"Whatgave impetus to myjourneyswas the need to get under the skin of my subject," announced Michael Asher, biographer of TE Lawrence and the subject of last night's True Stories (C4). First of all though he was going to get under the skin of his Bedouin guides and friends with his insistence - close to religious fervour at times - that every word Lawrence had written in The Seven Pillars of Wisdom was the truth and nothing but. This was, in short, the journey as verifying experiment - an expedition designed to test Lawrence's claims against the terrain itself. Most locals believe that he exaggerated his exploits but Asher, an ex- SAS man and experienced desert traveller himself, was sure that by retracing Lawrence's steps he could confirm the absolute veracity of his hero, that the famed detail of the memoir could be matched, stone for stone and step for step.

To this end he set out first to repeat Lawrence's two-day trek to Al Mudawara, the scene of a famous train derailment described in The Seven Pillars. Travelling with his wife and a Bedouin friend called Sabah, Asher soon found himself falling behind Lawrence's schedule. What's more the topography of the derailment site couldn't be made to match up with Lawrence's description, a source of considerable glee for another Bedouin writer he had persuaded to accompany him, in the hope of proving his case. He couldn't - looking in vain for the two-arched culvert Lawrence had described and estimating distances with a flexibility which said more for his loyalty than the accuracy of his eye (he needed to find something 200 metres from a ridge to match the original description - his first site turned out to be 550 metres away, despite his conviction that he was in the right place). "Why don't you face the facts?" said the exasperated writer. "You see he is a human being. He remembers and he forgets." After he had swayed off on his camel (the voice-over described him as "gloating", which seemed a trifle parti pris) Asher promptly discovered some rubble which he took as proof that he had been right all along. "Nobody could deny that this is the remains of a bridge," he said jubilantly, but the camera kept its distance from the evidence just in case you were inclined to disagree.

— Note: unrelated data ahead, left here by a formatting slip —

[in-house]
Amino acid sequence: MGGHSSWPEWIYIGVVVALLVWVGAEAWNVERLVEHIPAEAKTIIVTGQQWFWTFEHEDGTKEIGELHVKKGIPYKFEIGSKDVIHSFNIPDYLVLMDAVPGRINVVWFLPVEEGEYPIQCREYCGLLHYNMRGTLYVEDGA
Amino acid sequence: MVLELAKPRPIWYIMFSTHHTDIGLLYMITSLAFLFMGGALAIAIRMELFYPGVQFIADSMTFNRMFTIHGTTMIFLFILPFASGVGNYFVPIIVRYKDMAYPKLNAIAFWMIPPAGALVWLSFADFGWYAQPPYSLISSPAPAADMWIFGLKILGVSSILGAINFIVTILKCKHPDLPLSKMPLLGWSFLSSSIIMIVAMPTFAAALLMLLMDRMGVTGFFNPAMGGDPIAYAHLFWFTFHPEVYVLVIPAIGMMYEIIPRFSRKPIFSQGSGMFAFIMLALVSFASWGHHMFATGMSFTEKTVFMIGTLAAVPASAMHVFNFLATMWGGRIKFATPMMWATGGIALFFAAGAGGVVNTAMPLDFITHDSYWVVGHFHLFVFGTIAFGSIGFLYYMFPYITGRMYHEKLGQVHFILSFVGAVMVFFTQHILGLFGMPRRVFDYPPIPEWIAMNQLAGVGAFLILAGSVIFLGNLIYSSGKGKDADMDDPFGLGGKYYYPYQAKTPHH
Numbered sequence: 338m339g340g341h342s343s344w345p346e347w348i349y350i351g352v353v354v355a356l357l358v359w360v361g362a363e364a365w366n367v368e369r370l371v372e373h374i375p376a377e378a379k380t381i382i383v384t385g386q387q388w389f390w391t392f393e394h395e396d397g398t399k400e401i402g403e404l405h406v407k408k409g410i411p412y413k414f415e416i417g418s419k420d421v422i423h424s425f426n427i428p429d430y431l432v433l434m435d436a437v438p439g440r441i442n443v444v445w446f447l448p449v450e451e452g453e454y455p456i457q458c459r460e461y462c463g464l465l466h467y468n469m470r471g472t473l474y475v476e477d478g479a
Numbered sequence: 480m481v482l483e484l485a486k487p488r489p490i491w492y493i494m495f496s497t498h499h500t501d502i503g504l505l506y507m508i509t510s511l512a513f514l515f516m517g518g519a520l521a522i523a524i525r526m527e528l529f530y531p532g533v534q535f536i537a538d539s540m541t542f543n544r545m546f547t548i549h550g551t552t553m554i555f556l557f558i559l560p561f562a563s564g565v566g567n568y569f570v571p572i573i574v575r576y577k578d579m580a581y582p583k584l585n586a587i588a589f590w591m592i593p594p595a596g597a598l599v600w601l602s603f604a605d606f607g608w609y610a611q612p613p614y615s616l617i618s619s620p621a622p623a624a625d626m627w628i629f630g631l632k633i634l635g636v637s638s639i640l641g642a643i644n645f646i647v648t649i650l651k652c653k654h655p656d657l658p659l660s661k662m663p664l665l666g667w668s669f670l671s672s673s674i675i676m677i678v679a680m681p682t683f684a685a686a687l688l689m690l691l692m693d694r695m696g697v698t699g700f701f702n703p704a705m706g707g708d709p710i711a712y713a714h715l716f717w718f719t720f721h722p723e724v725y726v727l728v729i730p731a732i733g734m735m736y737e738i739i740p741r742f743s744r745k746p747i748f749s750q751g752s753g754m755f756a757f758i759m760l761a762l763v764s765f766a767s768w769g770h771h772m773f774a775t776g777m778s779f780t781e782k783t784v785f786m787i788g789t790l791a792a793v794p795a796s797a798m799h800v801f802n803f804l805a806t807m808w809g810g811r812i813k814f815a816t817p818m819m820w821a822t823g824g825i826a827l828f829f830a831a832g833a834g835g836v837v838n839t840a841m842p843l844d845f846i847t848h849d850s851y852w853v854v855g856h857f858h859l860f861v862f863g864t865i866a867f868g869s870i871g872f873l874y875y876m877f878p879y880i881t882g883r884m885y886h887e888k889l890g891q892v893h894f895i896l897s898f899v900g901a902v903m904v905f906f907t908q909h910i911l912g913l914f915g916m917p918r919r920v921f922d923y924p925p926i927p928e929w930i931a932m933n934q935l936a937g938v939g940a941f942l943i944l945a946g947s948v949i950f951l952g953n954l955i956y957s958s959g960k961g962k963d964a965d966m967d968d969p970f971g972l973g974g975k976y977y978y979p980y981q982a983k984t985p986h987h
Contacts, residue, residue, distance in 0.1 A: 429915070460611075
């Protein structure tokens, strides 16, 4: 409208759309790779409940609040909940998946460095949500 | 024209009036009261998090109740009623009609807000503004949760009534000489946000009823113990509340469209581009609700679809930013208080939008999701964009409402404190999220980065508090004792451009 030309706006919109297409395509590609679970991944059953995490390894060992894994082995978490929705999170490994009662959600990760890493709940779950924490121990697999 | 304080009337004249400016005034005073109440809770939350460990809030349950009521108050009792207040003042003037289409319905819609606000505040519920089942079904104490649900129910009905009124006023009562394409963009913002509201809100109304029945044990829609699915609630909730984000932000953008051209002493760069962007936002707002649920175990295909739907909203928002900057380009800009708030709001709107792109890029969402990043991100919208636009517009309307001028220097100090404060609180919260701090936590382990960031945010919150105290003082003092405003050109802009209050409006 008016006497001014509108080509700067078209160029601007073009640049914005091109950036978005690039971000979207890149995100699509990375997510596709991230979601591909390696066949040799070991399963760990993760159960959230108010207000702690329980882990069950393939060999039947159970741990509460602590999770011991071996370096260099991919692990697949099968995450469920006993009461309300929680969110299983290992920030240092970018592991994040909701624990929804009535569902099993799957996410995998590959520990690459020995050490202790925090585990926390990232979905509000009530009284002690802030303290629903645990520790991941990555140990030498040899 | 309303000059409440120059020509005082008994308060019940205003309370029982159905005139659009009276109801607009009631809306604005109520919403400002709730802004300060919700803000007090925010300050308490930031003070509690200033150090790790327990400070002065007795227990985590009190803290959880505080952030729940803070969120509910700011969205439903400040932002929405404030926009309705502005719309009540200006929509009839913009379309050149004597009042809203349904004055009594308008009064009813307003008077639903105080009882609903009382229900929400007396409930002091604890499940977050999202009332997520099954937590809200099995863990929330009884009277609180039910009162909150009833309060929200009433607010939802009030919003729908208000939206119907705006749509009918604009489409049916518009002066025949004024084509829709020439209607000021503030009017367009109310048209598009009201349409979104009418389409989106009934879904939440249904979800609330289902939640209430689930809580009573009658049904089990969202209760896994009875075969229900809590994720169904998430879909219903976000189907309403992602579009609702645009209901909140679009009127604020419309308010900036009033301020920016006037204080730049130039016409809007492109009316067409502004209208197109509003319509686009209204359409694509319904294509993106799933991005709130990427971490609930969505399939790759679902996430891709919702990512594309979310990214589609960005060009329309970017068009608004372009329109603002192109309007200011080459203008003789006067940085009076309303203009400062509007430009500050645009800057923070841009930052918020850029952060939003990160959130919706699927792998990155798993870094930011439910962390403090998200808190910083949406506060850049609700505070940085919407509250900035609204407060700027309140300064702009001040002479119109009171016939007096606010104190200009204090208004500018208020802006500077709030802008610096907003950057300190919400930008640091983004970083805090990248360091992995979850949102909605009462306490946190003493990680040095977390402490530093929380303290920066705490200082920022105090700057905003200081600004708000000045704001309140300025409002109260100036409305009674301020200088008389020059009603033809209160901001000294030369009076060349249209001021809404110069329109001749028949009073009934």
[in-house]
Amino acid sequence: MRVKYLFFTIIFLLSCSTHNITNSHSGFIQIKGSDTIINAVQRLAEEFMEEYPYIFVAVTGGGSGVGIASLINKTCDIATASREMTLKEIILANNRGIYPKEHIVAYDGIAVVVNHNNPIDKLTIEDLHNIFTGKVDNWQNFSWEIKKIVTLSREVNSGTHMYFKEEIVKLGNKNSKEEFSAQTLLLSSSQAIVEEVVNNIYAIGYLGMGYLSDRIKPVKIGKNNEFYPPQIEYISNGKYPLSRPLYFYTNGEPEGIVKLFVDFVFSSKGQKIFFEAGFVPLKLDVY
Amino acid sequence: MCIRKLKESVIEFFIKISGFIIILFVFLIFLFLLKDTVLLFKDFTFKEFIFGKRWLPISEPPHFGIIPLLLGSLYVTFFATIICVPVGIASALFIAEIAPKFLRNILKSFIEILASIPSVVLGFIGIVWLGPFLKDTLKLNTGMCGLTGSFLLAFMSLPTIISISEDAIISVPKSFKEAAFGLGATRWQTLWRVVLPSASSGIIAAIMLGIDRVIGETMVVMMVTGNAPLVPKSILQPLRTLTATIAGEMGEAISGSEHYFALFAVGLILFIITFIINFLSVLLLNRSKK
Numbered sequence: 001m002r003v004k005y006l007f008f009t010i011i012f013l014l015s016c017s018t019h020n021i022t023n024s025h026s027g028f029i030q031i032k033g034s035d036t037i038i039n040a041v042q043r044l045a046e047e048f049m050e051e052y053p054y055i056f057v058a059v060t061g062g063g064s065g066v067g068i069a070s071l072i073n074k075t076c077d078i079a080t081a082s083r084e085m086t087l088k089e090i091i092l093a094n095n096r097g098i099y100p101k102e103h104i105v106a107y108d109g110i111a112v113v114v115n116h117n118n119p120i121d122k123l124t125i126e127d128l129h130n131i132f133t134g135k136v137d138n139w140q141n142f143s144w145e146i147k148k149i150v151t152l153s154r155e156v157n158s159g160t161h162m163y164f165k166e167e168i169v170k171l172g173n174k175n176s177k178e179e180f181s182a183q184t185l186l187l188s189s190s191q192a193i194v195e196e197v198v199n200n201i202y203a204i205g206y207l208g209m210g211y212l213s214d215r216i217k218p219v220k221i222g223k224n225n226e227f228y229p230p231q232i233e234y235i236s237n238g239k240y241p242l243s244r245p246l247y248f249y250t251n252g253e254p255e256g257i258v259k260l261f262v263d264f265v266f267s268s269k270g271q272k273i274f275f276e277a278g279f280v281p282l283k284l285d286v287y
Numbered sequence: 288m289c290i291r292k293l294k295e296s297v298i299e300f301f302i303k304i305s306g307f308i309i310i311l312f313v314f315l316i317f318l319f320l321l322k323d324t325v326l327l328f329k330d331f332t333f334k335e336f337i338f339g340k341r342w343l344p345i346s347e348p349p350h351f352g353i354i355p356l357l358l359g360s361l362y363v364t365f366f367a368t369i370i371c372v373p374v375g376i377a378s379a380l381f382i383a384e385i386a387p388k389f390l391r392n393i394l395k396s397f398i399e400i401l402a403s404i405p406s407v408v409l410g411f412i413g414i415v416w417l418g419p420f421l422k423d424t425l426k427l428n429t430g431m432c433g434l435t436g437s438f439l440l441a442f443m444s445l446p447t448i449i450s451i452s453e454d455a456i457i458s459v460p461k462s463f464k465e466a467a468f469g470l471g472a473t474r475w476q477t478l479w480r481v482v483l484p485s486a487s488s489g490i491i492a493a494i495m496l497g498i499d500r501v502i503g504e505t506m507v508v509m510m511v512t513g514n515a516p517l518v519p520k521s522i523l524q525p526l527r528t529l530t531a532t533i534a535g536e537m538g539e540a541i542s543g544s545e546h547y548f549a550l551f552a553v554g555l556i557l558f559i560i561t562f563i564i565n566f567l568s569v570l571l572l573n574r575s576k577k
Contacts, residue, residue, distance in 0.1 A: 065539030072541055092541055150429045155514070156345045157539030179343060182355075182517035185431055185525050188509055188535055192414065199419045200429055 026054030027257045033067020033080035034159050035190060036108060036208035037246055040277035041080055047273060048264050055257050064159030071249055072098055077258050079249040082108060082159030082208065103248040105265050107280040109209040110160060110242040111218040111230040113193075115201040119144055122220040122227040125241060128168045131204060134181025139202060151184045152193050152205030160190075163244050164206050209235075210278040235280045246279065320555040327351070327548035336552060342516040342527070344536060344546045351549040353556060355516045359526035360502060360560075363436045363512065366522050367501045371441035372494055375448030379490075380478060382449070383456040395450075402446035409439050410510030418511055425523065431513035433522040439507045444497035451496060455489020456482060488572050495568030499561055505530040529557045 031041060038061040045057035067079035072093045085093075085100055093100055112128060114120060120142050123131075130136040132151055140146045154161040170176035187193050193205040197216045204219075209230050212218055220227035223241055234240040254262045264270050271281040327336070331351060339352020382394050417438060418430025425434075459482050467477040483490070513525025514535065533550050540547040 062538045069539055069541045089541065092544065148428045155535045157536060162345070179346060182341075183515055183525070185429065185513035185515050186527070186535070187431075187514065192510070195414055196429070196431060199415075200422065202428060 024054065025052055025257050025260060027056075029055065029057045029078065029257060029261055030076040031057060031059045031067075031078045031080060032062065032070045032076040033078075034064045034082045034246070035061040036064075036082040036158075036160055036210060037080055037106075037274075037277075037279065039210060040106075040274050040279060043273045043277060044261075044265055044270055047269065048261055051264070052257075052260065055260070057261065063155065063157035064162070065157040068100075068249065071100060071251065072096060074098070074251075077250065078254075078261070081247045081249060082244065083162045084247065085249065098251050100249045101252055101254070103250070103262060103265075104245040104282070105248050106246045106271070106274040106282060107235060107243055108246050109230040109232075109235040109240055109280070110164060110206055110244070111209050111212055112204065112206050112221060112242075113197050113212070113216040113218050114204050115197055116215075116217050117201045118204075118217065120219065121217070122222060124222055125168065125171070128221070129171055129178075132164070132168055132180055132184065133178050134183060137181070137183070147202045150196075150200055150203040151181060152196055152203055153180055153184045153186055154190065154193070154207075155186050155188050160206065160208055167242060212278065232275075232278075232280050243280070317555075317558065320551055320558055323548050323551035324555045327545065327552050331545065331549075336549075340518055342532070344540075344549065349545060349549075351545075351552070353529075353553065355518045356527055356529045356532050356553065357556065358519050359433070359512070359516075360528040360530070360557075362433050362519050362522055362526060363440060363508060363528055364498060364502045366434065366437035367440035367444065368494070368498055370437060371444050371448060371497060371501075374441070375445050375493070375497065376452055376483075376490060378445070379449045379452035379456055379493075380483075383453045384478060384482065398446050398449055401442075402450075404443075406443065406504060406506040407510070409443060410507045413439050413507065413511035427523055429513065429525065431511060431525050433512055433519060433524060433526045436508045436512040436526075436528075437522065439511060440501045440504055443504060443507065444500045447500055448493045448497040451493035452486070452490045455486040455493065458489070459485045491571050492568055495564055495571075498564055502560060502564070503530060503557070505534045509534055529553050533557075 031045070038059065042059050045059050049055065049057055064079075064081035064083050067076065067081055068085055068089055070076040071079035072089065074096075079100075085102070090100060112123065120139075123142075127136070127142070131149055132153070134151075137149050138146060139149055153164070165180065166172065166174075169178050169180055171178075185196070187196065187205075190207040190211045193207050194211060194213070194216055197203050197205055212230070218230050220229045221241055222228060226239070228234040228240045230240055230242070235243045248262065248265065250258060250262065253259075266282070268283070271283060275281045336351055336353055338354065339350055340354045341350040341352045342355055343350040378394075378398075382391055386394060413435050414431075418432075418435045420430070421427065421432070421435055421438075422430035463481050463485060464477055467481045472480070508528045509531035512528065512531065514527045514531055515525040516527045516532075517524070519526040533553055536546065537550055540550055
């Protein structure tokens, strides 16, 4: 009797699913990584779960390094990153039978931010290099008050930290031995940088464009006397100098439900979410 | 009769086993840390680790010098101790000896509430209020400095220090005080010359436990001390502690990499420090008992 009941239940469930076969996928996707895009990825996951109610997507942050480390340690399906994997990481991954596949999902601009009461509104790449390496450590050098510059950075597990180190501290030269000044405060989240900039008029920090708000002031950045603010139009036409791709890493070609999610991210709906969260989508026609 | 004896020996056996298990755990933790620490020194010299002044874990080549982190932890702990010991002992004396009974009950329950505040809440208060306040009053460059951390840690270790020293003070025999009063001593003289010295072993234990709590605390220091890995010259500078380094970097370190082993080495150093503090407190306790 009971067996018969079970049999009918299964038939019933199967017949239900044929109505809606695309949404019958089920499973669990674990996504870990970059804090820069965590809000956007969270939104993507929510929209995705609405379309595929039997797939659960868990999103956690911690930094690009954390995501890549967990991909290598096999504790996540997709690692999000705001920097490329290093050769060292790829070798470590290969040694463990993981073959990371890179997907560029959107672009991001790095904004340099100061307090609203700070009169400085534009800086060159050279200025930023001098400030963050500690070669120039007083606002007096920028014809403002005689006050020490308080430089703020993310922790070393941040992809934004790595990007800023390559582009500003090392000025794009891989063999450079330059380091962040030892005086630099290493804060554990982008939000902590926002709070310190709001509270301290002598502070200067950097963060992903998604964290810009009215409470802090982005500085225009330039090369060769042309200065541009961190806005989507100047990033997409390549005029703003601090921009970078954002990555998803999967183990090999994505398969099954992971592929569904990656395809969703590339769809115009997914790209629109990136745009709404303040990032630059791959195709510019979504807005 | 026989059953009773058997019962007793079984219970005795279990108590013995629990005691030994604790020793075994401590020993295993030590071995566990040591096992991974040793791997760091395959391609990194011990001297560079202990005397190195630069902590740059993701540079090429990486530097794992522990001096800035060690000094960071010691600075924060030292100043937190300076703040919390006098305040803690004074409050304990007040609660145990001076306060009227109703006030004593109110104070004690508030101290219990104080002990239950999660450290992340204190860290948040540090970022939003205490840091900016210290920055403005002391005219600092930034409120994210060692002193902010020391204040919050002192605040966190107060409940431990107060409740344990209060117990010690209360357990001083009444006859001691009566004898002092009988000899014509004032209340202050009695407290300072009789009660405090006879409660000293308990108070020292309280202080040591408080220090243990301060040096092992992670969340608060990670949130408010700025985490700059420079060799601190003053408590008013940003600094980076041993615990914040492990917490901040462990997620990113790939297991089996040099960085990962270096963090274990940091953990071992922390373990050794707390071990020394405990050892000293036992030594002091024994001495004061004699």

The real clincher came when they tried to repeat Lawrence's famous journey from Aqaba to Suez, a trip which he claimed to have completed in 49 hours without sleep. It soon became clear that it would take the team almost twice as long to achieve it and only then if they managed to stay awake. Michael's defensive lines crumbled. What you were looking at here was more than a piece of scholarly exactitude (though it was that too) - it was also a battle between what a man wants to be and what he knows he is. For Asher to believe Lawrence's account, he would have to doubt himself and all his accumulated experience. Was he really half the man his hero was? He might have settled for a larger fraction but not quite that. Back in Britain he returned to Lawrence's pocket diaries and discovered that they didn't match the literary version - it had taken him three days to reach Suez and he had slept twice on the way. "Bloody liar," yelped Asher, when he first encountered this incontrovertible evidence that his hero had a talent for embroidery.

All this talk about the veracity of expedition memoirs couldn't help but cast a light over the documentary itself - such films being prone to the concealment of the caravan of air-conditioned vehicles which are generally required to keep a camera crew happy. Had these travellers really ventured into the empty spaces of the Sinai without a single GPS navigation device in case of trouble? And if not, then how seriously did one have to take the sequence in which they worried about getting lost? We may not have really big and splendid myths these days, such as the myth of romantic charisma that Lawrence wrapped around himself like a burnous. But we do have smaller ones - and directors work hard to preserve them.